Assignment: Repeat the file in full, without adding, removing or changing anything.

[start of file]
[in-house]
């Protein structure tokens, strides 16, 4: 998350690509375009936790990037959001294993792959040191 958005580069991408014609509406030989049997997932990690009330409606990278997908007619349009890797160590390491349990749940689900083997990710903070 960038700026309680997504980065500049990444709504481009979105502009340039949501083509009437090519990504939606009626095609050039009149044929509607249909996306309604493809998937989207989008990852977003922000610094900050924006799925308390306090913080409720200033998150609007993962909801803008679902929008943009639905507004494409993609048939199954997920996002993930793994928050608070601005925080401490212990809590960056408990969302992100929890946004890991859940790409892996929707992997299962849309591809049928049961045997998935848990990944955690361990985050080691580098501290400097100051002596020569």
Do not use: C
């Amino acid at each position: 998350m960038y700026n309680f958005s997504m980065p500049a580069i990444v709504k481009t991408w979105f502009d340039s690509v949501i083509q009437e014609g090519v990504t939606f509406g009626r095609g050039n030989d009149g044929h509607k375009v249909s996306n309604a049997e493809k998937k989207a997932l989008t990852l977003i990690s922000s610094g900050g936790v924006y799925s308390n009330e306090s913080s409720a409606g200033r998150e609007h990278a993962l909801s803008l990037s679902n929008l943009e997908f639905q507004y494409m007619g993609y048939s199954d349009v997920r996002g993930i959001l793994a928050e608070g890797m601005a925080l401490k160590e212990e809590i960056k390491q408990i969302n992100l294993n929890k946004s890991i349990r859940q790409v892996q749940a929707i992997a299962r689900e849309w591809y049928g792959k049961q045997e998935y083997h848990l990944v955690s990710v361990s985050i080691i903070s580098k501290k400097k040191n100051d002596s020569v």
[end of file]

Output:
[in-house]
């Protein structure tokens, strides 16, 4: 998350690509375009936790990037959001294993792959040191 958005580069991408014609509406030989049997997932990690009330409606990278997908007619349009890797160590390491349990749940689900083997990710903070 960038700026309680997504980065500049990444709504481009979105502009340039949501083509009437090519990504939606009626095609050039009149044929509607249909996306309604493809998937989207989008990852977003922000610094900050924006799925308390306090913080409720200033998150609007993962909801803008679902929008943009639905507004494409993609048939199954997920996002993930793994928050608070601005925080401490212990809590960056408990969302992100929890946004890991859940790409892996929707992997299962849309591809049928049961045997998935848990990944955690361990985050080691580098501290400097100051002596020569």
Do not use: C
């Amino acid at each position: 998350m960038y700026n309680f958005s997504m980065p500049a580069i990444v709504k481009t991408w979105f502009d340039s690509v949501i083509q009437e014609g090519v990504t939606f509406g009626r095609g050039n030989d009149g044929h509607k375009v249909s996306n309604a049997e493809k998937k989207a997932l989008t990852l977003i990690s922000s610094g900050g936790v924006y799925s308390n009330e306090s913080s409720a409606g200033r998150e609007h990278a993962l909801s803008l990037s679902n929008l943009e997908f639905q507004y494409m007619g993609y048939s199954d349009v997920r996002g993930i959001l793994a928050e608070g890797m601005a925080l401490k160590e212990e809590i960056k390491q408990i969302n992100l294993n929890k946004s890991i349990r859940q790409v892996q749940a929707i992997a299962r689900e849309w591809y049928g792959k049961q045997e998935y083997h848990l990944v955690s990710v361990s985050i080691i903070s580098k501290k400097k040191n100051d002596s020569v």